Though we have thousands cryptocurrencies buzzing around at the moment, all of them share the same implementation design. Basically every cryptocurrency implementation has following parts:
- Network Protocol
- Consensus Protocol
- Transaction Protocol
- Internal State
P2P network is the core of a cryptocurrency, and the core is following some network protocol. It is pretty simple usually. For example, p2p network of a cryptocurency could be implemented with asynchronous exchange of the following messages:
- M1: Serialized unconfirmed transaction
- M2: Serialized block
- M3: Blockchain quality score request(e.g. height for the Bitcoin, cumulative difficulty for the NXT).
- M4: Blockchain quality score response
- M5: Get known peers request
- M6: Get known peers response
- M7: Request a block for a certain height(or with a certain parent)
The minimalistic set is pretty similar to Scorex message types. Bitcoin has more complicated protocol for sure(https://en.bitcoin.it/wiki/Protocol_documentation#Message_types) as well as NXT.
Let’s consider an example of a blockchain downloading with messages types given above if peer A knows only peer B and has genesis block only. So possible interaction of A and outer world where A -> (B, M2) means (peer A sends an instance of message kind M2 to peer B):
- A asks B for peers: A -> (B, M5)
- A asks B for a B’s blockchain height: A -> (B, M3)
- B replies for the first message with known peers C & D: B -> (A, M6)
- B replies for the second message with it’s height H(B): B -> (A, M4)
- A asks C for its blockchain height: A -> (C, M3)
- A asks D for its blockchain height: A -> (D, M3)
- C replies with its blockchain height H©: C -> (A, M4)
- D replies with its blockchain height H(D): D -> (A, M4)
So A have 3 known heights H(B), H©, H(D) and a bigger height means better chain(for a Proof-of-Work cryptocurrency), so A chooses peer with a best chain, e.g. D. Then it’s going to download a chain from D with a following cycle:
- A asks D for a block with height (2,3,…,H(D)): A -> (D, M7)
- D replies with a block requested serialized into a binary form: D -> (A, M2)
Any real trace is much more complicated than this example :)
By using network protocol a node can download one chain or another or even multiple chains(as different peers can have different chains). Then the question is what is the canonical chain shared by majority, the right kind of history an user can rely on. Consensus protocol aims to solve the problem.
A node follow rules to determine canonical chain like these:
Every block in a chain must be valid as well as its signature
Every block must have a valid reference to its parent with first block having reference to a genesis block which is constant for an each node
Every block must be generated by a party having a right to produce it
From multiple chains, one having maximum score is the canonical. If few chains have the same score first seen or a random one could be chosen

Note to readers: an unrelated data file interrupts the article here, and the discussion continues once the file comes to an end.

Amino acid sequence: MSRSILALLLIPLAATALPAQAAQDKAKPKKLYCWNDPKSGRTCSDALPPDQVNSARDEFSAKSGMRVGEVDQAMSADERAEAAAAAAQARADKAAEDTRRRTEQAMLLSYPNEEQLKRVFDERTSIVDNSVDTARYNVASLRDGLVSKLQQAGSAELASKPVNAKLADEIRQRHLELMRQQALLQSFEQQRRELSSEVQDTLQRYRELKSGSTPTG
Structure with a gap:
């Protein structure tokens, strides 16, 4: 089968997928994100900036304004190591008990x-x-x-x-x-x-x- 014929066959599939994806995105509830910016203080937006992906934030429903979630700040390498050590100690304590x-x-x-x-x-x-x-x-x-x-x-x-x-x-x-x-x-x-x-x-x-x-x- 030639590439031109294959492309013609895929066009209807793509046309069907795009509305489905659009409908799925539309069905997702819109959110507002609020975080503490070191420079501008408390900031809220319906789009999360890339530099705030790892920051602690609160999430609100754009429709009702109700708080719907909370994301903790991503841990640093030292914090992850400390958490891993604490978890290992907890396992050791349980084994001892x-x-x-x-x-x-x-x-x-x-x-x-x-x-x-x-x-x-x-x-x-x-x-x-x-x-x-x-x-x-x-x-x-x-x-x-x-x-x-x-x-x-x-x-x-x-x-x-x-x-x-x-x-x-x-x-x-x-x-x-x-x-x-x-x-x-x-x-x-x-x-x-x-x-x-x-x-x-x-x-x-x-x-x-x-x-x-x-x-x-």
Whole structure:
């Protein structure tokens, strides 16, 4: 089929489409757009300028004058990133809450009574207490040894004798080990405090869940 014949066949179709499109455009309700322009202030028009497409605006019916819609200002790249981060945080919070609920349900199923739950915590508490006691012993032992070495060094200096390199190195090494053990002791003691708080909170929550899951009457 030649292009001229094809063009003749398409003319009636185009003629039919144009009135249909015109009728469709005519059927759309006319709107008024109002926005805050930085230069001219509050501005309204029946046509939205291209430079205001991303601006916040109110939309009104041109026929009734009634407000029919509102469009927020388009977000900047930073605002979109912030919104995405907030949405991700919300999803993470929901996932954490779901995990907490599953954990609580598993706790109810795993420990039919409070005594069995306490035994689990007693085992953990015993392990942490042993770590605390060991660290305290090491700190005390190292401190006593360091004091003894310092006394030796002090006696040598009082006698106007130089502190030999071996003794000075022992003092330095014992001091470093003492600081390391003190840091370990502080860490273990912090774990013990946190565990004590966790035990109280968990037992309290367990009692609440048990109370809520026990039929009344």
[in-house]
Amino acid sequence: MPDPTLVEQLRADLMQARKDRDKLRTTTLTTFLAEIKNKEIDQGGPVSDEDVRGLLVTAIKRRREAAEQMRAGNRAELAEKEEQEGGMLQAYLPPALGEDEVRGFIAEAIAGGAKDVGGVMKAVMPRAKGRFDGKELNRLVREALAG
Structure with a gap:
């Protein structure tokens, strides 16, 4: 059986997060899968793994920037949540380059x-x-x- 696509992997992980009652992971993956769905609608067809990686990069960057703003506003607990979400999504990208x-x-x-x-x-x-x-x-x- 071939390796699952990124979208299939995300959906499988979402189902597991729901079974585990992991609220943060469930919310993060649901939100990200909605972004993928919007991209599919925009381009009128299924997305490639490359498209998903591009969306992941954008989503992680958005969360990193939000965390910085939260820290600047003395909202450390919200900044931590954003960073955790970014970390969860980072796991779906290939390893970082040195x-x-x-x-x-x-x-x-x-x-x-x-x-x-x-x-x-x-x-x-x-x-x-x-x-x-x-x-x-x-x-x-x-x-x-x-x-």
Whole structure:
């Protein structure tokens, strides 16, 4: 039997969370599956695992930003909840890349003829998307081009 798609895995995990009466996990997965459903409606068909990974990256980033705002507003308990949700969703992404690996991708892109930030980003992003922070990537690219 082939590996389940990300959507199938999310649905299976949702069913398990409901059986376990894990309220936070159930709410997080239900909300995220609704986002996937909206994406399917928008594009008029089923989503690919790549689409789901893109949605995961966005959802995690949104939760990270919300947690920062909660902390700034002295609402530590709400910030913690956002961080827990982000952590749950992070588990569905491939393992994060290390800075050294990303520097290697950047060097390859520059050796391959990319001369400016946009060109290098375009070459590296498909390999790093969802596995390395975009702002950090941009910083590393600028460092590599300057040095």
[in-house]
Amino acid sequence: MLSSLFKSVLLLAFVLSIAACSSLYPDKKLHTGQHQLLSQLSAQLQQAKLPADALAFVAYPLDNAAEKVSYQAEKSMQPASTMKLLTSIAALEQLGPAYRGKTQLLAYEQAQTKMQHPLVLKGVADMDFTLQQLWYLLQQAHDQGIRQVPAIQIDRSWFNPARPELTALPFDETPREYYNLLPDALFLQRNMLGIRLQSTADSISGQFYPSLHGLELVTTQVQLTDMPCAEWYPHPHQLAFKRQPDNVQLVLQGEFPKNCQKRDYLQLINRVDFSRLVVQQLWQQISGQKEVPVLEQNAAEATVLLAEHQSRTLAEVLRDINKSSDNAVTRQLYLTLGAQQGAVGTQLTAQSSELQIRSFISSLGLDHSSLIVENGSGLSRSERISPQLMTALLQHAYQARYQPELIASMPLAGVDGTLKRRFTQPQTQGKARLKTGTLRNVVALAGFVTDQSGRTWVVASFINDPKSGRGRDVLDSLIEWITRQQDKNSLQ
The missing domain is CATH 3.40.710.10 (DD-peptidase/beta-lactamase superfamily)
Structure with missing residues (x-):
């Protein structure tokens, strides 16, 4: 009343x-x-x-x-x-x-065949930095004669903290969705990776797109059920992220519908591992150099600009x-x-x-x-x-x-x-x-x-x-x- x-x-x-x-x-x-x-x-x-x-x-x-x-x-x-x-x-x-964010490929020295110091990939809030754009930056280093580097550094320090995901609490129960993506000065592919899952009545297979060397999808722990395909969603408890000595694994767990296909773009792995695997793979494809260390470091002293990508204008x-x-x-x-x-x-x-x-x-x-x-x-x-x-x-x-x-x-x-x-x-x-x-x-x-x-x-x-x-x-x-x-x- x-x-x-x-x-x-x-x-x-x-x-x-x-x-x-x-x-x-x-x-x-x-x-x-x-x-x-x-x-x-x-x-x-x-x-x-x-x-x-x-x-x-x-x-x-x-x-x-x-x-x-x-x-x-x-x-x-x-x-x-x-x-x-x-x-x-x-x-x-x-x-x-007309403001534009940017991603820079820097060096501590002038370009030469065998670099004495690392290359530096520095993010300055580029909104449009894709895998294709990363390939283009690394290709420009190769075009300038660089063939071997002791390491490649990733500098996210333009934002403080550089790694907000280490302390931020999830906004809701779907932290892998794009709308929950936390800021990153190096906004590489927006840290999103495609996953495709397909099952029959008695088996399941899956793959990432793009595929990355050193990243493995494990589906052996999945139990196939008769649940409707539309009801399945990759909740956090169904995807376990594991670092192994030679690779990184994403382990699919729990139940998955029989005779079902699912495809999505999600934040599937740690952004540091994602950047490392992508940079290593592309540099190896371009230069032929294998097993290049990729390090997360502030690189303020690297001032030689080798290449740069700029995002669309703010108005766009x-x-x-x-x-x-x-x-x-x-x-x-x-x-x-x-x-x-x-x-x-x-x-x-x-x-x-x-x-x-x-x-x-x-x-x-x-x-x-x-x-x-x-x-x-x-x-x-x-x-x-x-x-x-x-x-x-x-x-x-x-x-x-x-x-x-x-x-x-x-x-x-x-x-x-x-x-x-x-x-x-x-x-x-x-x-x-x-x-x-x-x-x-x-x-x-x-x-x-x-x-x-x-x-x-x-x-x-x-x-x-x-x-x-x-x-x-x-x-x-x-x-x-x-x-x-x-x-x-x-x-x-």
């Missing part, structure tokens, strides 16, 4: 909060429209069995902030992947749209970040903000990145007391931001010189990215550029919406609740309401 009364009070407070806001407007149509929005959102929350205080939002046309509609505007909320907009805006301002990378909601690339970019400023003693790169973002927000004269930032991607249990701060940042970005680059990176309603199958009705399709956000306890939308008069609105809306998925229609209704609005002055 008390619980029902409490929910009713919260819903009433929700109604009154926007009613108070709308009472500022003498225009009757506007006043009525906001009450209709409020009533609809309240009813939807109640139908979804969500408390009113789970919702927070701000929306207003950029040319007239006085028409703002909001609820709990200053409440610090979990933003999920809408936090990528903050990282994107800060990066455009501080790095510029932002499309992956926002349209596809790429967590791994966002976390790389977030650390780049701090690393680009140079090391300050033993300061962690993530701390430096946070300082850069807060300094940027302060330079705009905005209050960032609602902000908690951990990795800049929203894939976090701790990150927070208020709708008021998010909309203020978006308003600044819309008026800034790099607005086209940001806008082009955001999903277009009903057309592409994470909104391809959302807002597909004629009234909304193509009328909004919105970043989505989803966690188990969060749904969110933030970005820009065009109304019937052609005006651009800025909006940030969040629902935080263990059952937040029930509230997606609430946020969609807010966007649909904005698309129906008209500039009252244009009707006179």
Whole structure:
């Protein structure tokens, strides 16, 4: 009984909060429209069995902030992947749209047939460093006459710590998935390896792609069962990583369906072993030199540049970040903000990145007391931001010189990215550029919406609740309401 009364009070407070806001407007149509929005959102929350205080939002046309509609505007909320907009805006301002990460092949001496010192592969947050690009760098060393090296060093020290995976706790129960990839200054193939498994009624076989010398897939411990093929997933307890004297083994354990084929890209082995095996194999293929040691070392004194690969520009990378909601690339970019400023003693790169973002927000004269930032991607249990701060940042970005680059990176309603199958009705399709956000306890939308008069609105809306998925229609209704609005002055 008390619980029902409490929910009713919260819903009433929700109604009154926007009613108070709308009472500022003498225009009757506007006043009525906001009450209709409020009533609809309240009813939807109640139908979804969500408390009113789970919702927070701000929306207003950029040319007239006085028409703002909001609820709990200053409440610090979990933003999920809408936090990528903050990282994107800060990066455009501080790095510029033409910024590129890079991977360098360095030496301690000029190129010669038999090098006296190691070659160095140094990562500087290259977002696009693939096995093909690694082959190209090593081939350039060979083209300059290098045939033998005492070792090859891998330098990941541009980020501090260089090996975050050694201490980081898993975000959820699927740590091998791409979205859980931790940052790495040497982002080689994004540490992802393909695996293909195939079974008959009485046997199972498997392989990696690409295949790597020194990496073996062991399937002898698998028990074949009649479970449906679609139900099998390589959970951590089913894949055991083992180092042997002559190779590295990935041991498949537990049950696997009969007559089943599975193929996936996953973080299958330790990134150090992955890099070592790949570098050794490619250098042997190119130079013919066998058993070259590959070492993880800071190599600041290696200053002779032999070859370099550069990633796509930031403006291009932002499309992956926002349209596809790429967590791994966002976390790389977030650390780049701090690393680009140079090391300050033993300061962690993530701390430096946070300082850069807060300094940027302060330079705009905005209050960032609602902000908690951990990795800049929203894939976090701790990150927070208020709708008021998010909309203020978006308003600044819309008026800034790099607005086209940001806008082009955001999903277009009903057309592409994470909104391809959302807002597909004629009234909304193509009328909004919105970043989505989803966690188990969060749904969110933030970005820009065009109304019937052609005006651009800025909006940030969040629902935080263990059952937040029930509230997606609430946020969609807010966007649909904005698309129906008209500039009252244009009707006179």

Some notes about the rules:
Block validity fact could be changed with a new software release. Most known example of that is Bitcoin network splitting caused by 0.8 release
In proof-of-work cryptocurrencies a party has a right to generate block if hash of its contents
conforms to some condition(its cheap to calculate a hash and compare it with some value while it’s hard to iterate over nonce bytes to find such a hash). In proof-of-stake cryptocurrencies a party has verifiable right to generate a block if some pseudo-random value
hitis less than stake-dependent
target. It’s harder to design safe Proof-of-Stake cryptocurrency, for example, majority of such currencies are vulnerable to grinding attack(Nxt is not).
In Bitcoin “longest chain rule” being applied while in Nxt there’s another blockchain score function called “cumulative difficulty”
More details on the Nxt algo: http://chepurnoy.org/blog/2014/10/inside-a-proof-of-stake-cryptocurrency-part-2/
A block contains transactions. A transaction is the global state modifier. In simplest case it modifies balance sheet. As there’s no central party, each node need to have the same state as others(for the same block height). So each node executes all the transactions coming within blocks, and validity rules must be same for each network participant.
A transaction could be implemented in different ways depends on goals:
In Bitcoin, transaction has multiple inputs and outputs with a script attached to every pin.
Ethereum has two transaction types, contract creation and message call. See the Yellow Paper for details: http://gavwood.com/Paper.pdf.
In Nxt, transaction has some money amount and attachments. There are some rules on attachments processing, e.g. some kind of attachment means plain or encrypted message while other means order on decentralized exchange. Such an implementation provides maximum performance for features but has own disadvantages(complicated code, hardforks on each software update).
In Bitcoin node a can store no any state at all or use different formats for it, e.g. UTXO list or some indexes in addition. In contrast, Ethereum has state hash stored into each block, so each node must comply with state representation interface given in the Yellow Paper to check block validity. There’s also interesting proposal from Bill White(coming along with Coq theory) about using special kind of Merkle tree and storing its root into block for scalability’s sake: [http://qeditas.org/gitweb/?p=ledgertheory.git;a=blob_plain;f=lightcrypto.pdf;hb=HEAD] (http://qeditas.org/gitweb/?p=ledgertheory.git;a=blob_plain;f=lightcrypto.pdf;hb=HEAD).
The Protocols Mess Problem
The real problem of cryptocurrency development process is the mess of all the parts described above.
The most known example, even simple change in software validation(so in Transaction Protocol) could causes